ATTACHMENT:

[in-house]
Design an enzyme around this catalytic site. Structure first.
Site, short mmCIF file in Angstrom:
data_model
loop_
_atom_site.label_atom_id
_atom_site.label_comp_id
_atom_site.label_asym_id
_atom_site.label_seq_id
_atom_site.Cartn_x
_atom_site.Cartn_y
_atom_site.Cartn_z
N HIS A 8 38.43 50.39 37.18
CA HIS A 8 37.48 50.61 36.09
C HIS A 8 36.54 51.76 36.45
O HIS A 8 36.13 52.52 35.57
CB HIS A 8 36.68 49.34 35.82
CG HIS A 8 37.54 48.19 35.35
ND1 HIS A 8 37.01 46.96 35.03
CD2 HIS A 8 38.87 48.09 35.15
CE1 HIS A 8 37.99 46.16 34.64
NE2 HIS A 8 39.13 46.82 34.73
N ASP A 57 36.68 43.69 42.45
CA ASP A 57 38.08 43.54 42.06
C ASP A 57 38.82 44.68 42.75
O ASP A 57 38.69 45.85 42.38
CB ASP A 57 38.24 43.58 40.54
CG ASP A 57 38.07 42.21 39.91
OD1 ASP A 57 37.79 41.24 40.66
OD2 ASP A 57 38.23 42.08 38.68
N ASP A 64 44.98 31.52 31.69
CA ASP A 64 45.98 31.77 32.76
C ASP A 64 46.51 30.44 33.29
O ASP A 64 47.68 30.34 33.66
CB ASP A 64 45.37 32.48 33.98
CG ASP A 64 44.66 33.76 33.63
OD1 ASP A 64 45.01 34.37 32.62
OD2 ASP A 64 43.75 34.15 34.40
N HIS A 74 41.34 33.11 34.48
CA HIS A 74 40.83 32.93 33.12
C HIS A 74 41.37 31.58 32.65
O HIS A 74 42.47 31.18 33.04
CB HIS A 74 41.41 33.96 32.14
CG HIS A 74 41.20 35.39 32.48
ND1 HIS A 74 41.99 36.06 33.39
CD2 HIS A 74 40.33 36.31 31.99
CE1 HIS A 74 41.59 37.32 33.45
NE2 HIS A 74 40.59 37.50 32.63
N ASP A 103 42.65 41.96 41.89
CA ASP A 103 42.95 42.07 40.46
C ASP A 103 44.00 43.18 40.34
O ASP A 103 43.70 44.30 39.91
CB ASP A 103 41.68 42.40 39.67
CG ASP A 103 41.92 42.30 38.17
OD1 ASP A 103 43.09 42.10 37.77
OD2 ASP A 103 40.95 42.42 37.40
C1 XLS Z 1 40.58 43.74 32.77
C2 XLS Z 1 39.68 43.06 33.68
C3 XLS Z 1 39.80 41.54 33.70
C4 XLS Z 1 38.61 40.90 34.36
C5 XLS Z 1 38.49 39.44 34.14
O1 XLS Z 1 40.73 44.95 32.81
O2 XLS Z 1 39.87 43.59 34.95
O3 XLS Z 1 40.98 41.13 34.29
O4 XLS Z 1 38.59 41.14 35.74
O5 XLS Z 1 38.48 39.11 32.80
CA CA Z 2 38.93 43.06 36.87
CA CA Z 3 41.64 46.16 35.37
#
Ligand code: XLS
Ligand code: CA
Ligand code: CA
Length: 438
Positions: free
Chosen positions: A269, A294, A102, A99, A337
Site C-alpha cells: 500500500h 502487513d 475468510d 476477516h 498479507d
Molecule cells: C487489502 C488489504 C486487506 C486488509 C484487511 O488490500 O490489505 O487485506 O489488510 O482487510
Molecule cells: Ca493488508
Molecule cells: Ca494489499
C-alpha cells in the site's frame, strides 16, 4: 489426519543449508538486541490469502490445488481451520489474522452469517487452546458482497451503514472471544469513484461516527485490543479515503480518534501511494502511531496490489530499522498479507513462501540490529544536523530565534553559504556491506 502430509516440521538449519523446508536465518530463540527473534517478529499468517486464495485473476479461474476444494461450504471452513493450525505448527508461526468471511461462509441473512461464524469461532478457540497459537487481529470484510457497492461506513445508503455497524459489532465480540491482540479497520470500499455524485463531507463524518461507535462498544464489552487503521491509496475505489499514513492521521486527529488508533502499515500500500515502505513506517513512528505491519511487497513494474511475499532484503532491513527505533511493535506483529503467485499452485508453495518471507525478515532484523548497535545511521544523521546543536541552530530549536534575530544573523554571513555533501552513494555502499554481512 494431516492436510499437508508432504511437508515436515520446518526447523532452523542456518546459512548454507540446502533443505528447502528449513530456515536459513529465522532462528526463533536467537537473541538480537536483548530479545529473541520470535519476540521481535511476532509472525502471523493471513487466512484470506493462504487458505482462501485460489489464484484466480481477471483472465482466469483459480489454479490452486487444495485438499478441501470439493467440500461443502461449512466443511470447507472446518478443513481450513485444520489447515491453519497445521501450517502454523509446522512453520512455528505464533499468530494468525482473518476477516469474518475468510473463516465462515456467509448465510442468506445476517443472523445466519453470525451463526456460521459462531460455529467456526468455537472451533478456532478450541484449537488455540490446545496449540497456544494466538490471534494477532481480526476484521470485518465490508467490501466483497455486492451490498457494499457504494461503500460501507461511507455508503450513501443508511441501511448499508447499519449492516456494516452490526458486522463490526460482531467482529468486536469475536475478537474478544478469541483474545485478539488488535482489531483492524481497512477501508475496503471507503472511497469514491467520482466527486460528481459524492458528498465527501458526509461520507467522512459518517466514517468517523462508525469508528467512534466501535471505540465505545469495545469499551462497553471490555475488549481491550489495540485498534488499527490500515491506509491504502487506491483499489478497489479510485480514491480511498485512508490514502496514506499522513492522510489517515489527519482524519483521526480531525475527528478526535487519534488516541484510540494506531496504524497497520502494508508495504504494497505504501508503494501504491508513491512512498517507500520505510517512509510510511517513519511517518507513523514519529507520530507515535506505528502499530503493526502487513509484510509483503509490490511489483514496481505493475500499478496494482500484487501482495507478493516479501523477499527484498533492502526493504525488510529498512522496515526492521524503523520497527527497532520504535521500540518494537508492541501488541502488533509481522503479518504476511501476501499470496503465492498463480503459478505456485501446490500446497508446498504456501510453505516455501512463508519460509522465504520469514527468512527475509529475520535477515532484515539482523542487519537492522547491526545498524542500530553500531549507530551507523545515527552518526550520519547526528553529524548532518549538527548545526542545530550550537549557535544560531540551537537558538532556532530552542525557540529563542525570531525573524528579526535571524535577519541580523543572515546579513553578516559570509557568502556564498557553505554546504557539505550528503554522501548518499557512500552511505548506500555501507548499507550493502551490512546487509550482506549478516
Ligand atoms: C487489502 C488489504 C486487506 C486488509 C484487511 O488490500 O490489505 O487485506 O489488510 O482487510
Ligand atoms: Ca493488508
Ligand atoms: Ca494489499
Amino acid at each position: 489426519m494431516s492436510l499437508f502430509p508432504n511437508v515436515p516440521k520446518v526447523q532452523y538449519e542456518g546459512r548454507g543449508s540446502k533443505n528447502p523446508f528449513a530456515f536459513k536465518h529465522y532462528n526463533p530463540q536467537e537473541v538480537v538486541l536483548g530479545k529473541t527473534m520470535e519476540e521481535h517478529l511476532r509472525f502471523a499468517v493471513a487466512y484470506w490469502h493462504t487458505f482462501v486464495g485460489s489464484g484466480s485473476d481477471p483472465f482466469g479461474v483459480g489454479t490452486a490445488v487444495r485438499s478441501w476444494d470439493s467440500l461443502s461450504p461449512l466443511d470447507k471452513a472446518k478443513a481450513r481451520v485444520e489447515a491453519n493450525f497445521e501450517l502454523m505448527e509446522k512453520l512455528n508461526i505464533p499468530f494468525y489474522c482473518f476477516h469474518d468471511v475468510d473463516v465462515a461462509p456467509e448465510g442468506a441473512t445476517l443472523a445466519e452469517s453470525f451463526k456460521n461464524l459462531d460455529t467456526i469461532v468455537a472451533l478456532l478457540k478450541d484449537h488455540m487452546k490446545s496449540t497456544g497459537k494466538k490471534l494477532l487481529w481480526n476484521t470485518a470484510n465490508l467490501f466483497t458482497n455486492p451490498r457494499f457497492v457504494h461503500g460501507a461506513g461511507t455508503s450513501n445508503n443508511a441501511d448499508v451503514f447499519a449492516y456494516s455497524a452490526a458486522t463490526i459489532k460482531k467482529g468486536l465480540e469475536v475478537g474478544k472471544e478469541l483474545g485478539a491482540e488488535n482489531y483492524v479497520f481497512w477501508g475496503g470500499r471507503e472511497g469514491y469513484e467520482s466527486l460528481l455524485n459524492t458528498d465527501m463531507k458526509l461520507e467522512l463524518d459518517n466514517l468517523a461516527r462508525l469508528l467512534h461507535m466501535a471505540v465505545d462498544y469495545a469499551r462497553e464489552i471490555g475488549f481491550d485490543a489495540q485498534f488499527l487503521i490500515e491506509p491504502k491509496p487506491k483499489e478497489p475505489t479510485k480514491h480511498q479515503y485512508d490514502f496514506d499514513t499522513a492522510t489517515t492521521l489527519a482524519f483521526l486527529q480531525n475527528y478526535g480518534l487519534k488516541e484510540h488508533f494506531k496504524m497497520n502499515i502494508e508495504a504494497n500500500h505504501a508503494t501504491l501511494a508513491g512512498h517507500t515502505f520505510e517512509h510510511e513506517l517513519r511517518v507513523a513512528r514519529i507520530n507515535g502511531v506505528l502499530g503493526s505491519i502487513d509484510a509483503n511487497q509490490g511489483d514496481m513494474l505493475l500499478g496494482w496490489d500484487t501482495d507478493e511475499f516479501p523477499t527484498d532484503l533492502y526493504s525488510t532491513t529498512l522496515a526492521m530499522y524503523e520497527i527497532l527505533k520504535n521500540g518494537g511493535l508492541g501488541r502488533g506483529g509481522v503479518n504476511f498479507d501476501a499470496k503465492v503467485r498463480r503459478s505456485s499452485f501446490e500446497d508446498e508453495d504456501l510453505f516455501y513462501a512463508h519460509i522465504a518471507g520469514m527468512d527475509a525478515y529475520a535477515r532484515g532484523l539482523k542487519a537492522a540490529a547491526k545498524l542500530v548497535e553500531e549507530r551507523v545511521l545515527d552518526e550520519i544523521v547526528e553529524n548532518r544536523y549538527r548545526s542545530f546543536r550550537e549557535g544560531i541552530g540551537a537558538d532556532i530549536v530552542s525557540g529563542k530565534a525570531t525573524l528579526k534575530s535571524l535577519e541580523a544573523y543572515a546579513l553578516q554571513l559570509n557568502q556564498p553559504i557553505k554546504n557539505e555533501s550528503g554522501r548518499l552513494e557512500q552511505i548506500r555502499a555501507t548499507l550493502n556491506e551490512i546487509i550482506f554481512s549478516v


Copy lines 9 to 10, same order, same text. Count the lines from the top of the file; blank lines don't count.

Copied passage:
_atom_site.label_seq_id
_atom_site.Cartn_x